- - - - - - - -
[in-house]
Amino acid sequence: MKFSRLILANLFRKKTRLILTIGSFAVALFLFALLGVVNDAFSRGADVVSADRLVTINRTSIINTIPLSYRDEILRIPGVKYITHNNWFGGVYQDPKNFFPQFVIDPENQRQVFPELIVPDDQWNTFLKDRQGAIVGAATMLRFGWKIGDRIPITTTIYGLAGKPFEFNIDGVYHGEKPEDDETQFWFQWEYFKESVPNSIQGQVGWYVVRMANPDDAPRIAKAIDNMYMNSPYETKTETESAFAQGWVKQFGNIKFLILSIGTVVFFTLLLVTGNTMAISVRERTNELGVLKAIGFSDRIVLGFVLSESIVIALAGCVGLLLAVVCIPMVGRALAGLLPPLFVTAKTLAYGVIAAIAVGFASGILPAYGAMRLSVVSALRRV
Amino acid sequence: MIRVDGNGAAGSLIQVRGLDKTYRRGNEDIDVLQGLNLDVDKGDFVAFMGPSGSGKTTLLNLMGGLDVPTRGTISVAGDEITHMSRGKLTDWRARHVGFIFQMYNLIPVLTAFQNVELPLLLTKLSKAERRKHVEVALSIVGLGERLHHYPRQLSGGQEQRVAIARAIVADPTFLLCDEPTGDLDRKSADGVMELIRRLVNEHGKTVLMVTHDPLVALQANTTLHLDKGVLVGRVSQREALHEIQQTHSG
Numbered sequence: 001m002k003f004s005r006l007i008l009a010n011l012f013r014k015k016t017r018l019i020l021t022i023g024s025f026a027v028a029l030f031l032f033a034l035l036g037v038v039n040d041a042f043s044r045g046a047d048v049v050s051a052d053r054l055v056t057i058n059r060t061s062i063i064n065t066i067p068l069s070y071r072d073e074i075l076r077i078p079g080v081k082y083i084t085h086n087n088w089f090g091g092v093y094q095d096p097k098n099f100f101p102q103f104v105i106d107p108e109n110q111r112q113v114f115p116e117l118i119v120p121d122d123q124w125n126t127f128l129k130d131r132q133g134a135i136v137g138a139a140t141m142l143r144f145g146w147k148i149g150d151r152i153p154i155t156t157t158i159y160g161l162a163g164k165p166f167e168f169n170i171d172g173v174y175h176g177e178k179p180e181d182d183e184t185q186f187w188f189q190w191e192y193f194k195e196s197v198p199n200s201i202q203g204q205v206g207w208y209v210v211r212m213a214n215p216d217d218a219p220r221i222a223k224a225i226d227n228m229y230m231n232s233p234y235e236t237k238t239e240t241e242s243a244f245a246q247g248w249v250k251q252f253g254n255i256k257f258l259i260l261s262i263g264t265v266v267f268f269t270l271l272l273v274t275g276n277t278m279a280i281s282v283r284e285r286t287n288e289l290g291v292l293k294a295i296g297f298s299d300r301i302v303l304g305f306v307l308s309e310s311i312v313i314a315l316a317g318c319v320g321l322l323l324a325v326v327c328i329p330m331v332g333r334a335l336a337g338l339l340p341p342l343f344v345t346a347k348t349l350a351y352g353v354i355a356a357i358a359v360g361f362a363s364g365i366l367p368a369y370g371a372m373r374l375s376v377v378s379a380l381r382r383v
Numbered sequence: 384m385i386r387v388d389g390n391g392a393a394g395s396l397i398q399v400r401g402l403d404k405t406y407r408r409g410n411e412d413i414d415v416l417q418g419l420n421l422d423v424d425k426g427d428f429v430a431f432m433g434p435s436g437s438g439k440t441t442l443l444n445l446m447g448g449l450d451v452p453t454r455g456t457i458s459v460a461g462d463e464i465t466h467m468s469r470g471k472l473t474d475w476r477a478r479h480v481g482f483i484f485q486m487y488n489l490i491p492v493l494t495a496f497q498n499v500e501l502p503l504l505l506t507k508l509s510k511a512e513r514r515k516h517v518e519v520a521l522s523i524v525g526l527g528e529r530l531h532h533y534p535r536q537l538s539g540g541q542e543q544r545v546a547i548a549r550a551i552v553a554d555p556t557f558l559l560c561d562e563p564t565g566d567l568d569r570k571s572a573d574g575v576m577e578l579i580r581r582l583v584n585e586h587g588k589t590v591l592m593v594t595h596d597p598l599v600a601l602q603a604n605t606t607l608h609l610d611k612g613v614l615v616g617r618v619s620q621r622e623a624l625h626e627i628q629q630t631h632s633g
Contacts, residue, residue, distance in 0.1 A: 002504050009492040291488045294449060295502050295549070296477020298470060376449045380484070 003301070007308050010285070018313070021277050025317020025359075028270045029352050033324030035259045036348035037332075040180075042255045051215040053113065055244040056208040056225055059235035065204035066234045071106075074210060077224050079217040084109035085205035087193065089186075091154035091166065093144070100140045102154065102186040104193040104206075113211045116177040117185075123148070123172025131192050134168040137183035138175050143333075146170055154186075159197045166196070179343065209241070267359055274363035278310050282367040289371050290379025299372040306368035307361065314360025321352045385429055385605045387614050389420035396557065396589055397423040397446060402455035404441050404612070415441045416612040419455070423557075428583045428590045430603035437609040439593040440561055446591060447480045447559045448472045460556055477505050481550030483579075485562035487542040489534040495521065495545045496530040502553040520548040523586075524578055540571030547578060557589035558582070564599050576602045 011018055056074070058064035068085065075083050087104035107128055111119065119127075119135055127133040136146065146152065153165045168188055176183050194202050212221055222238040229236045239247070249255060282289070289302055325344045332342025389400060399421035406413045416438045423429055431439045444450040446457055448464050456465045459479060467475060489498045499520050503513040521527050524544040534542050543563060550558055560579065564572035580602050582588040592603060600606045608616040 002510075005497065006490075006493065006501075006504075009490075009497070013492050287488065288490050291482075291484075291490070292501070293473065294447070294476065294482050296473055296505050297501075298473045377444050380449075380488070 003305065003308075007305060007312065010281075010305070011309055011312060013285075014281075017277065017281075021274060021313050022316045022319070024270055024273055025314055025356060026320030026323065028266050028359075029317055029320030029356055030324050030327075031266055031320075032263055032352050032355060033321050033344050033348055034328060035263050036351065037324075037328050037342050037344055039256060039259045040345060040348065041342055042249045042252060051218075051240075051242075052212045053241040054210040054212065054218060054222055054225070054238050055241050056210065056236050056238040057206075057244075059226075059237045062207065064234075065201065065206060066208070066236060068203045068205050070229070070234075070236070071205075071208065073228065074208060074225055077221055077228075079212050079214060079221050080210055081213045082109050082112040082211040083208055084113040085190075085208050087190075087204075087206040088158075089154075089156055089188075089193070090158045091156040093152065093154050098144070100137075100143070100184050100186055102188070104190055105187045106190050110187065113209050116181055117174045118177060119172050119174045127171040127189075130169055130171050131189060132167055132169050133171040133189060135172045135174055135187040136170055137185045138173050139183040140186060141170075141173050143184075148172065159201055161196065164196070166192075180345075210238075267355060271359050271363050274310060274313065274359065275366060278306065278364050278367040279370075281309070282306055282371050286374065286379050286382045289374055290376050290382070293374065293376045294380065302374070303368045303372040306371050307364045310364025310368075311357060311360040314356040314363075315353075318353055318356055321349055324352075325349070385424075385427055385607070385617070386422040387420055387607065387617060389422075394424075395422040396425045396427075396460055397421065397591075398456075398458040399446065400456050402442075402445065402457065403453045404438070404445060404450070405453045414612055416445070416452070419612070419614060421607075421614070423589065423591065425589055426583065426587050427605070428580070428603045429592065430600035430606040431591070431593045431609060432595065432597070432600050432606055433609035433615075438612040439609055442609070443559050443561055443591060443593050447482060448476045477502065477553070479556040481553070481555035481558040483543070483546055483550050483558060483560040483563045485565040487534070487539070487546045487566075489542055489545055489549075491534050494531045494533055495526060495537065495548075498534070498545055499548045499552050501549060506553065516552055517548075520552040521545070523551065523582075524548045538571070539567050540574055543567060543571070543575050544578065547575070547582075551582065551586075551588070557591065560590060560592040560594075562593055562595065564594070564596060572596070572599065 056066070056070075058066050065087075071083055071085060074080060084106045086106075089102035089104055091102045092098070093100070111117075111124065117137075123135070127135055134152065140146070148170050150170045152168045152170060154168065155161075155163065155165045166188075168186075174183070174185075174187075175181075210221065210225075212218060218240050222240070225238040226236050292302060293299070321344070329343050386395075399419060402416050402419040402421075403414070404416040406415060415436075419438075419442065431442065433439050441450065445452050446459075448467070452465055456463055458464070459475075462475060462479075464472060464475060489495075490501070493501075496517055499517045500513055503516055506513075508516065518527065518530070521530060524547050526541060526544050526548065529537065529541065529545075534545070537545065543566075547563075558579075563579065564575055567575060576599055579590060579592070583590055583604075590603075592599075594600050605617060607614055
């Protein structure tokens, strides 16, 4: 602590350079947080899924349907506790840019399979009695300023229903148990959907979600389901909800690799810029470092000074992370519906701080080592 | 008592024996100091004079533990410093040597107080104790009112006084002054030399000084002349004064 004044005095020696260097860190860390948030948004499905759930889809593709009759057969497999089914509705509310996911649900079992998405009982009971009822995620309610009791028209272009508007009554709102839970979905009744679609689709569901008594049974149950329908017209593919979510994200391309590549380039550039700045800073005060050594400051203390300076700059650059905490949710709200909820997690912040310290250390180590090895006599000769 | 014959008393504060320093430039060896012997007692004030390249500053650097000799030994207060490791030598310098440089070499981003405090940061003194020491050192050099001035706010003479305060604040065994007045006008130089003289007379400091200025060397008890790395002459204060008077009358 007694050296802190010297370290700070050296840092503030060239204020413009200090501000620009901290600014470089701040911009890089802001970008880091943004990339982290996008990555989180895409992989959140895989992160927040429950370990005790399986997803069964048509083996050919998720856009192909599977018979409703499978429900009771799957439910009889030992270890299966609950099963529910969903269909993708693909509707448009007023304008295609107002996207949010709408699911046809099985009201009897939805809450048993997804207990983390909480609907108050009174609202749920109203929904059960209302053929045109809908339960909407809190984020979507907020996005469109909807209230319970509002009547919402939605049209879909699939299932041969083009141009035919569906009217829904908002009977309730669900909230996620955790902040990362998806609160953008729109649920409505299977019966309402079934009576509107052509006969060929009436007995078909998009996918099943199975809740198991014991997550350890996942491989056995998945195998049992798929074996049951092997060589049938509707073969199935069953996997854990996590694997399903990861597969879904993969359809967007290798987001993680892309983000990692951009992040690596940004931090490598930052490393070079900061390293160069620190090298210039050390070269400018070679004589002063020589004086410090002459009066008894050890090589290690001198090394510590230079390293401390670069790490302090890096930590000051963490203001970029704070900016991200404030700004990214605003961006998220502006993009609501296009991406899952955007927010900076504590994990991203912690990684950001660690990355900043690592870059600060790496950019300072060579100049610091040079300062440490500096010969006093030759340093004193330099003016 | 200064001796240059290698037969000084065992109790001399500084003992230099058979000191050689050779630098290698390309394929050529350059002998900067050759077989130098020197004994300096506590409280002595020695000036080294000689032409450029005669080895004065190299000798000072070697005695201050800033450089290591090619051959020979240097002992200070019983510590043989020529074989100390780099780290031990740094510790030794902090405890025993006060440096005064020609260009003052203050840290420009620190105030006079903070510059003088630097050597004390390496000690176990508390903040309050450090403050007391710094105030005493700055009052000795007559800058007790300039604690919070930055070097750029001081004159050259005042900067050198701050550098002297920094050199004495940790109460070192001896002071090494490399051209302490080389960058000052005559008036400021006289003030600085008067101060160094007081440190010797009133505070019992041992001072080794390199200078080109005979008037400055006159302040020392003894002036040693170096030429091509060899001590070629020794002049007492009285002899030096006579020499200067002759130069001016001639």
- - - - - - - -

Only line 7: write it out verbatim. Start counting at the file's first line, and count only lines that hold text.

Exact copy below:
């Protein structure tokens, strides 16, 4: 602590350079947080899924349907506790840019399979009695300023229903148990959907979600389901909800690799810029470092000074992370519906701080080592 | 008592024996100091004079533990410093040597107080104790009112006084002054030399000084002349004064 004044005095020696260097860190860390948030948004499905759930889809593709009759057969497999089914509705509310996911649900079992998405009982009971009822995620309610009791028209272009508007009554709102839970979905009744679609689709569901008594049974149950329908017209593919979510994200391309590549380039550039700045800073005060050594400051203390300076700059650059905490949710709200909820997690912040310290250390180590090895006599000769 | 014959008393504060320093430039060896012997007692004030390249500053650097000799030994207060490791030598310098440089070499981003405090940061003194020491050192050099001035706010003479305060604040065994007045006008130089003289007379400091200025060397008890790395002459204060008077009358 007694050296802190010297370290700070050296840092503030060239204020413009200090501000620009901290600014470089701040911009890089802001970008880091943004990339982290996008990555989180895409992989959140895989992160927040429950370990005790399986997803069964048509083996050919998720856009192909599977018979409703499978429900009771799957439910009889030992270890299966609950099963529910969903269909993708693909509707448009007023304008295609107002996207949010709408699911046809099985009201009897939805809450048993997804207990983390909480609907108050009174609202749920109203929904059960209302053929045109809908339960909407809190984020979507907020996005469109909807209230319970509002009547919402939605049209879909699939299932041969083009141009035919569906009217829904908002009977309730669900909230996620955790902040990362998806609160953008729109649920409505299977019966309402079934009576509107052509006969060929009436007995078909998009996918099943199975809740198991014991997550350890996942491989056995998945195998049992798929074996049951092997060589049938509707073969199935069953996997854990996590694997399903990861597969879904993969359809967007290798987001993680892309983000990692951009992040690596940004931090490598930052490393070079900061390293160069620190090298210039050390070269400018070679004589002063020589004086410090002459009066008894050890090589290690001198090394510590230079390293401390670069790490302090890096930590000051963490203001970029704070900016991200404030700004990214605003961006998220502006993009609501296009991406899952955007927010900076504590994990991203912690990684950001660690990355900043690592870059600060790496950019300072060579100049610091040079300062440490500096010969006093030759340093004193330099003016 | 200064001796240059290698037969000084065992109790001399500084003992230099058979000191050689050779630098290698390309394929050529350059002998900067050759077989130098020197004994300096506590409280002595020695000036080294000689032409450029005669080895004065190299000798000072070697005695201050800033450089290591090619051959020979240097002992200070019983510590043989020529074989100390780099780290031990740094510790030794902090405890025993006060440096005064020609260009003052203050840290420009620190105030006079903070510059003088630097050597004390390496000690176990508390903040309050450090403050007391710094105030005493700055009052000795007559800058007790300039604690919070930055070097750029001081004159050259005042900067050198701050550098002297920094050199004495940790109460070192001896002071090494490399051209302490080389960058000052005559008036400021006289003030600085008067101060160094007081440190010797009133505070019992041992001072080794390199200078080109005979008037400055006159302040020392003894002036040693170096030429091509060899001590070629020794002049007492009285002899030096006579020499200067002759130069001016001639």